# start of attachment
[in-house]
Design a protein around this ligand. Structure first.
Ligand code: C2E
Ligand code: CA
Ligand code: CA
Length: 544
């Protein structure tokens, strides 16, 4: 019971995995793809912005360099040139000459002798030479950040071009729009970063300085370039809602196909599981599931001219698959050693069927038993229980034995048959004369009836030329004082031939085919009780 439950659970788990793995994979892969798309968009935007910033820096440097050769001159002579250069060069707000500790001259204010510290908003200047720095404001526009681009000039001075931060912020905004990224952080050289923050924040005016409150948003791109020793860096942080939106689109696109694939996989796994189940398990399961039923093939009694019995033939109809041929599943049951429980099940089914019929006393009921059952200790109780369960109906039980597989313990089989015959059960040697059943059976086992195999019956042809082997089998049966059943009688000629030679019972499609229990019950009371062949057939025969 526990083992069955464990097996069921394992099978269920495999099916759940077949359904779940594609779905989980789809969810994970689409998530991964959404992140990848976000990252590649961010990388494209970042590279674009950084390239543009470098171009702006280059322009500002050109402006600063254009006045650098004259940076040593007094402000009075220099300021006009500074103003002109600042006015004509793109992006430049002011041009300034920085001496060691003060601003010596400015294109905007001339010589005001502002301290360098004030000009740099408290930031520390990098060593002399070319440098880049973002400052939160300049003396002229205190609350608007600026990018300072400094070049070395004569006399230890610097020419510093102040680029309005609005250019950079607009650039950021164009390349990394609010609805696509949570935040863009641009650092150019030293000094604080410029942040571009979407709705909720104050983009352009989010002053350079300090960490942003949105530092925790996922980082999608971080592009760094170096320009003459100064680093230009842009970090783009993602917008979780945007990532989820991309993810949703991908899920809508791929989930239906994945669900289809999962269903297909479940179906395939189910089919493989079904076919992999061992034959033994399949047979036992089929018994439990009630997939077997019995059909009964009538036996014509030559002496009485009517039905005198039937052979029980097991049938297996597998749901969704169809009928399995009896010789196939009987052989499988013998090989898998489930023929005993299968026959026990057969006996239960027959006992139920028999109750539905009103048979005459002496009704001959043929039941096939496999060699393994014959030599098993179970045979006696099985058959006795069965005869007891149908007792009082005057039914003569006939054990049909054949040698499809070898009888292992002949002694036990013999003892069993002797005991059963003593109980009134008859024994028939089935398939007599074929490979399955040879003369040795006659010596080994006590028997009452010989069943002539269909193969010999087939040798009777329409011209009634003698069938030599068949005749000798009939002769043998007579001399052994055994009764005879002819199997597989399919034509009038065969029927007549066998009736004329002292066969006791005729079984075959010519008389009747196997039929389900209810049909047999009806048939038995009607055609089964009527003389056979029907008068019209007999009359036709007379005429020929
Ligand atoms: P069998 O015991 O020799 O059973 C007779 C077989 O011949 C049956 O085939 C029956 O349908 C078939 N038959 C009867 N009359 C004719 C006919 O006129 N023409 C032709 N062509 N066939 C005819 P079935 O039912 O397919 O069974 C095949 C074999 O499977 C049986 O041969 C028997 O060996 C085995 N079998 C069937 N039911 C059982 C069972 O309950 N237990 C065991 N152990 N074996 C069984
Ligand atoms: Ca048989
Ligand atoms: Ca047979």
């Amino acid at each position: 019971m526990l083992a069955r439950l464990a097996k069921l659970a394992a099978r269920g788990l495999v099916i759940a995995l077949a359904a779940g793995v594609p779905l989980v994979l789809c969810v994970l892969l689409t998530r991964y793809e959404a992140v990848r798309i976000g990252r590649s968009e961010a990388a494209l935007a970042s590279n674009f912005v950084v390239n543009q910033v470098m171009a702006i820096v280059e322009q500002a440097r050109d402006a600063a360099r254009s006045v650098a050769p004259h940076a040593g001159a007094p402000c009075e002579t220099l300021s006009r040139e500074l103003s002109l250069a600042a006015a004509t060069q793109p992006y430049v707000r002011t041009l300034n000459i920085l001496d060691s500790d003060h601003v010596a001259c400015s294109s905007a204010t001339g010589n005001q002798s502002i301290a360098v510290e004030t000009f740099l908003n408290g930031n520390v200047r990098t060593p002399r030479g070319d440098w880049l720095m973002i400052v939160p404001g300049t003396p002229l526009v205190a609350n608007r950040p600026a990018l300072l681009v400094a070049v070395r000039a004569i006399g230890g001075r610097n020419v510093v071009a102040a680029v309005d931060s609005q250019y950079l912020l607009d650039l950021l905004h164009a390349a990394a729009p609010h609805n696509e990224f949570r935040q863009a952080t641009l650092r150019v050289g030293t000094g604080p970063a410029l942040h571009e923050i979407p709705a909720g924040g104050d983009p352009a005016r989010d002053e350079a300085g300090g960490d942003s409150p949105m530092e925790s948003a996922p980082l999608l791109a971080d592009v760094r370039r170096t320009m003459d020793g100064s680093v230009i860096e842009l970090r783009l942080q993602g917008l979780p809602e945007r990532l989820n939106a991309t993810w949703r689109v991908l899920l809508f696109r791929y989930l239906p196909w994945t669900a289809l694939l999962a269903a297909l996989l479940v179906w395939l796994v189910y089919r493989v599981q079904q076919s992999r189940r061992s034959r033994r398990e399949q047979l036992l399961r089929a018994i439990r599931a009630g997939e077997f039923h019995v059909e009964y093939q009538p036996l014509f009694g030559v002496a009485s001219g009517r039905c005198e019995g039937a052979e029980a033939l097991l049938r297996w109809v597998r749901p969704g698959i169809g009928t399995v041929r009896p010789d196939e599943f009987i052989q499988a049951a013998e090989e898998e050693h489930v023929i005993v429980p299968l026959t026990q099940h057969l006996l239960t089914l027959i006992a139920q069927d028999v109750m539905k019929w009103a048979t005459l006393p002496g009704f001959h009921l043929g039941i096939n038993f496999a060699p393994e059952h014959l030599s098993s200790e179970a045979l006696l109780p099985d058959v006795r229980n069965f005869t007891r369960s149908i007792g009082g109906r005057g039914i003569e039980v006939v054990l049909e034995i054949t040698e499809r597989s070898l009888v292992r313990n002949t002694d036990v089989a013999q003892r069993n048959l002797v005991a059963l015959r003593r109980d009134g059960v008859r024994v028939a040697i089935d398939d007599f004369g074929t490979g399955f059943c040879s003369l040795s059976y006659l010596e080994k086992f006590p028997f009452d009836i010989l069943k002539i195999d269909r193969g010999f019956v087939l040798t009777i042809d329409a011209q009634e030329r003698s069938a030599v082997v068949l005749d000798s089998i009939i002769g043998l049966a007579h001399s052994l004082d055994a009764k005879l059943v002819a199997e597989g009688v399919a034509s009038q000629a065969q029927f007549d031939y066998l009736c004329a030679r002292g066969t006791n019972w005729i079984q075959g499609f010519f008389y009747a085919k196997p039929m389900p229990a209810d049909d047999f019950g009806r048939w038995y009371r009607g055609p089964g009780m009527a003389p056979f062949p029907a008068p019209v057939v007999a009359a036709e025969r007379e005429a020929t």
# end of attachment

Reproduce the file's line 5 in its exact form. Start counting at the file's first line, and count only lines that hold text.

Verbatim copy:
Ligand code: CA